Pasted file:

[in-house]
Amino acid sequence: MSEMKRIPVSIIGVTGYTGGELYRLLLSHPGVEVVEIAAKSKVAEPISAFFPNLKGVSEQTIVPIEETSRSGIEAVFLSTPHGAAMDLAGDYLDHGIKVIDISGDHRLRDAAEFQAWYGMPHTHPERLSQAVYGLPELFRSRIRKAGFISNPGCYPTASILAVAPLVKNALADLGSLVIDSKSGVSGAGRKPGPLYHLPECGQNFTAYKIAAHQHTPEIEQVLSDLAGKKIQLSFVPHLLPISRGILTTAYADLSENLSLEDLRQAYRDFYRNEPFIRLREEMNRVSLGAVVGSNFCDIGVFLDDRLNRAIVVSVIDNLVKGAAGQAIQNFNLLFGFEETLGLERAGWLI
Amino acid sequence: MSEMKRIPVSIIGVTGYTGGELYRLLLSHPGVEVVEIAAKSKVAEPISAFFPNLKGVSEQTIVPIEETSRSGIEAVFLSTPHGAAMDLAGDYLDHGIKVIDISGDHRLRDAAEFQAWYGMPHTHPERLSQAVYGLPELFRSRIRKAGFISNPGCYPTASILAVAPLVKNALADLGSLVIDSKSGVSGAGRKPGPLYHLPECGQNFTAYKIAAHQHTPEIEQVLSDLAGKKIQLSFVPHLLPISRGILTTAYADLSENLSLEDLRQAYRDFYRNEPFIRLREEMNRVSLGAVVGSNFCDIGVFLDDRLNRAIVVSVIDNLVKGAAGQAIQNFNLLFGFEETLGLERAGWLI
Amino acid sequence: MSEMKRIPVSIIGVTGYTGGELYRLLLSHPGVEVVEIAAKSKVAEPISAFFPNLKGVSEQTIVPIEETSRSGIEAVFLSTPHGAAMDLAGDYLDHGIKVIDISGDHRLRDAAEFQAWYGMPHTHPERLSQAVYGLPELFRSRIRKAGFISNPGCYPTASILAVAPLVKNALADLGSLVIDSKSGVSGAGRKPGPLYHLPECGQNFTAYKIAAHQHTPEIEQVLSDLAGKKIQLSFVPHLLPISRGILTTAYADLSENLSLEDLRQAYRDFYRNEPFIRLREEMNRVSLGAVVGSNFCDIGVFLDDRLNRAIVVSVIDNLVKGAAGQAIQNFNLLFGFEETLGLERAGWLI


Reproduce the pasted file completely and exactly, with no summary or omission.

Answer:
[in-house]
Amino acid sequence: MSEMKRIPVSIIGVTGYTGGELYRLLLSHPGVEVVEIAAKSKVAEPISAFFPNLKGVSEQTIVPIEETSRSGIEAVFLSTPHGAAMDLAGDYLDHGIKVIDISGDHRLRDAAEFQAWYGMPHTHPERLSQAVYGLPELFRSRIRKAGFISNPGCYPTASILAVAPLVKNALADLGSLVIDSKSGVSGAGRKPGPLYHLPECGQNFTAYKIAAHQHTPEIEQVLSDLAGKKIQLSFVPHLLPISRGILTTAYADLSENLSLEDLRQAYRDFYRNEPFIRLREEMNRVSLGAVVGSNFCDIGVFLDDRLNRAIVVSVIDNLVKGAAGQAIQNFNLLFGFEETLGLERAGWLI
Amino acid sequence: MSEMKRIPVSIIGVTGYTGGELYRLLLSHPGVEVVEIAAKSKVAEPISAFFPNLKGVSEQTIVPIEETSRSGIEAVFLSTPHGAAMDLAGDYLDHGIKVIDISGDHRLRDAAEFQAWYGMPHTHPERLSQAVYGLPELFRSRIRKAGFISNPGCYPTASILAVAPLVKNALADLGSLVIDSKSGVSGAGRKPGPLYHLPECGQNFTAYKIAAHQHTPEIEQVLSDLAGKKIQLSFVPHLLPISRGILTTAYADLSENLSLEDLRQAYRDFYRNEPFIRLREEMNRVSLGAVVGSNFCDIGVFLDDRLNRAIVVSVIDNLVKGAAGQAIQNFNLLFGFEETLGLERAGWLI
Amino acid sequence: MSEMKRIPVSIIGVTGYTGGELYRLLLSHPGVEVVEIAAKSKVAEPISAFFPNLKGVSEQTIVPIEETSRSGIEAVFLSTPHGAAMDLAGDYLDHGIKVIDISGDHRLRDAAEFQAWYGMPHTHPERLSQAVYGLPELFRSRIRKAGFISNPGCYPTASILAVAPLVKNALADLGSLVIDSKSGVSGAGRKPGPLYHLPECGQNFTAYKIAAHQHTPEIEQVLSDLAGKKIQLSFVPHLLPISRGILTTAYADLSENLSLEDLRQAYRDFYRNEPFIRLREEMNRVSLGAVVGSNFCDIGVFLDDRLNRAIVVSVIDNLVKGAAGQAIQNFNLLFGFEETLGLERAGWLI